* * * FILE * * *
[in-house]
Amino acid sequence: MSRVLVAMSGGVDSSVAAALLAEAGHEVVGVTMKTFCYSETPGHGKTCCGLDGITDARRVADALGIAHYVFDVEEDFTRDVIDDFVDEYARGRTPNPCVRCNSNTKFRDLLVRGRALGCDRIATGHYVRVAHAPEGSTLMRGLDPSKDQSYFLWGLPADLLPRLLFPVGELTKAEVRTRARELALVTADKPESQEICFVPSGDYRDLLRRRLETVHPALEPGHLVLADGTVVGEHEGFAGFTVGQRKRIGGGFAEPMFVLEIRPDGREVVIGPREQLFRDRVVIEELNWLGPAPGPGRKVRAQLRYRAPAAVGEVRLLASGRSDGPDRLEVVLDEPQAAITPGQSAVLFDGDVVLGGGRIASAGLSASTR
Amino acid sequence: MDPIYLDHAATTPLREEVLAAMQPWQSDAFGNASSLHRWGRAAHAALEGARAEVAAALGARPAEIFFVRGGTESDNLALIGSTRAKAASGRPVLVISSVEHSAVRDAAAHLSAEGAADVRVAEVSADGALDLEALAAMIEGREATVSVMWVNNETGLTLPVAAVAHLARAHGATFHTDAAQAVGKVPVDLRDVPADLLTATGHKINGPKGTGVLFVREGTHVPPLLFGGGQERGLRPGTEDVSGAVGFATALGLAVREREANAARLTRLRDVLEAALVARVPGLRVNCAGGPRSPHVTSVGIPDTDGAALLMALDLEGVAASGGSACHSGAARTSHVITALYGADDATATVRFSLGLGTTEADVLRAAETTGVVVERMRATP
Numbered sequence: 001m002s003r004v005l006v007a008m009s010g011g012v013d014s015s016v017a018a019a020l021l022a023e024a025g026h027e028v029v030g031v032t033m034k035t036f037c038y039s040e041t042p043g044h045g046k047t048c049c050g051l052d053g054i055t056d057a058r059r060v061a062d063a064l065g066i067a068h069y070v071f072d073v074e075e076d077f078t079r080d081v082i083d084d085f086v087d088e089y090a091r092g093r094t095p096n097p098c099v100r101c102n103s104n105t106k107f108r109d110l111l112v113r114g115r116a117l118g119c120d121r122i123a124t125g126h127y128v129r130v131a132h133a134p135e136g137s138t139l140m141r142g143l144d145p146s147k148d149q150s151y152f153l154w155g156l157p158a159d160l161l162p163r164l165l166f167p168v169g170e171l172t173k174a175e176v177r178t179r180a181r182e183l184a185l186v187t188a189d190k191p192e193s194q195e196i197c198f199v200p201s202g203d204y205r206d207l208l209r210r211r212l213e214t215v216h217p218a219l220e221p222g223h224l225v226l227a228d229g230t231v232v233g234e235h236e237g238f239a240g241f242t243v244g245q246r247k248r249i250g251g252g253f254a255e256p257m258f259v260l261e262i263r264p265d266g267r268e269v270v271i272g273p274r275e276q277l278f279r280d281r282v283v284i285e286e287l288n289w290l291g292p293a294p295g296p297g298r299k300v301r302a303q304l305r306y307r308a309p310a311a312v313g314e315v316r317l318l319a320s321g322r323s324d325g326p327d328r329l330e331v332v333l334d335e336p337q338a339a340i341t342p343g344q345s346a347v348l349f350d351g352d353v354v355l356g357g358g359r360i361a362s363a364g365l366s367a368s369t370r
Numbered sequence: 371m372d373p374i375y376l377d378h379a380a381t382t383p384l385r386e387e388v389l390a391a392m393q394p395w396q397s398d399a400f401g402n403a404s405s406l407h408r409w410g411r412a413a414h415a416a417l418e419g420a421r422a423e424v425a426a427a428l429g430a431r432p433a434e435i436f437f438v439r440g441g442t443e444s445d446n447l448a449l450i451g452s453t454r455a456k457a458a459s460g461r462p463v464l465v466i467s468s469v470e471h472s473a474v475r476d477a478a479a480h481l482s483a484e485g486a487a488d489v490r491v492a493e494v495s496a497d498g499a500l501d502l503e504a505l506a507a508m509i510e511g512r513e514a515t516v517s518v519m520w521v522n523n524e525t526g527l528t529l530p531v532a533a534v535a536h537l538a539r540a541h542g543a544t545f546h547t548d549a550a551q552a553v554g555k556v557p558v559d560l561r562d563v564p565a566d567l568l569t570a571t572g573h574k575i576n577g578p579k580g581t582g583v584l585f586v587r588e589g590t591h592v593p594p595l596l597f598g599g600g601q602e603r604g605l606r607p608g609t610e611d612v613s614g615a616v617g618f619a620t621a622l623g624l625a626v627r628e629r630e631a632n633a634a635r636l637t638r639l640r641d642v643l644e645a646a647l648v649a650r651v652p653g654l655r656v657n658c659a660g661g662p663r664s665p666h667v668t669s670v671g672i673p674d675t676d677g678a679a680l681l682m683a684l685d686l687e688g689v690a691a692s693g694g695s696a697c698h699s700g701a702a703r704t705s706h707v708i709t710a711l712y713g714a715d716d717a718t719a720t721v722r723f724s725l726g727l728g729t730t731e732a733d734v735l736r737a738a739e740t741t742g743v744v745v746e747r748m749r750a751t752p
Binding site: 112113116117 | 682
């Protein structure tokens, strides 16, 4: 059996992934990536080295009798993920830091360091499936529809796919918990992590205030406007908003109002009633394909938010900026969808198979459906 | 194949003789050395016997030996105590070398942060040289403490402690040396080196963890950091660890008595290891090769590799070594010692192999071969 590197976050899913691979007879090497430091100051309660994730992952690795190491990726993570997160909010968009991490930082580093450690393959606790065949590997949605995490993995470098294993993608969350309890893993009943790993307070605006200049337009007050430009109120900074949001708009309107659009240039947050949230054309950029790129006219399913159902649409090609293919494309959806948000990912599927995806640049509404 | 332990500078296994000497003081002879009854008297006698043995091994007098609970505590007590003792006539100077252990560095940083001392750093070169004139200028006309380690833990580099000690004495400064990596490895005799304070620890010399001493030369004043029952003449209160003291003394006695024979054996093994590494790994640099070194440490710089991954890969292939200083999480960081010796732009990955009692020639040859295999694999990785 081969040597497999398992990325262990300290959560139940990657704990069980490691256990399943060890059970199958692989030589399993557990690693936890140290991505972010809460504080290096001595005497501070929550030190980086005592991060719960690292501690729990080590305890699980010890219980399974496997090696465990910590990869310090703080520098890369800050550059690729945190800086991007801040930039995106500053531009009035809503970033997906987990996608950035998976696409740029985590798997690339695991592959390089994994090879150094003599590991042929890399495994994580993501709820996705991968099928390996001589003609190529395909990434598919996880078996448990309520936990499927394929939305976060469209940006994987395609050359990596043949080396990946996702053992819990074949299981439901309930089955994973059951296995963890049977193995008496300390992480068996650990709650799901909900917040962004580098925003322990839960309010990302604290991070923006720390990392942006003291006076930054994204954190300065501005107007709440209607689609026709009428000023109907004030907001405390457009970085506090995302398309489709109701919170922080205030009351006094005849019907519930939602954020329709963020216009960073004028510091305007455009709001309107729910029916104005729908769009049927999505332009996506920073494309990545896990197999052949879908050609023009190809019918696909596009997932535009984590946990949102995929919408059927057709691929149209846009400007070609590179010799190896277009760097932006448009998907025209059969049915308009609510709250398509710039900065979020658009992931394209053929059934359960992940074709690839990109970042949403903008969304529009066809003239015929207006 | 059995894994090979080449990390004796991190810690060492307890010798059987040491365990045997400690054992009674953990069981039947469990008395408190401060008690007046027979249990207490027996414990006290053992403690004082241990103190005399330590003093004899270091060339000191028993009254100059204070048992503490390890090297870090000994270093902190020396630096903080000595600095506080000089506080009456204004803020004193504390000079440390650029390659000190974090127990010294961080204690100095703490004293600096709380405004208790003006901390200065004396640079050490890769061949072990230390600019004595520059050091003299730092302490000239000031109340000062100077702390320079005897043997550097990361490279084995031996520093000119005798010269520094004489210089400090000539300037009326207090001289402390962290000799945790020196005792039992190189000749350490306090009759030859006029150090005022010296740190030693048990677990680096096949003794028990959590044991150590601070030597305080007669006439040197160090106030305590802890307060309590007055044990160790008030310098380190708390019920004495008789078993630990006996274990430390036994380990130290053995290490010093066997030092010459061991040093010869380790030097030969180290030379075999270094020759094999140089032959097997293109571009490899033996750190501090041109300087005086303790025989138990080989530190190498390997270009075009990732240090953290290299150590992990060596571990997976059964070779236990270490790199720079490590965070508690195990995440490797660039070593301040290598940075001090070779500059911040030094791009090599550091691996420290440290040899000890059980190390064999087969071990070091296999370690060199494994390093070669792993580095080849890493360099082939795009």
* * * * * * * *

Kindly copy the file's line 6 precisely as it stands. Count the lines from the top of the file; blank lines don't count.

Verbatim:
Binding site: 112113116117 | 682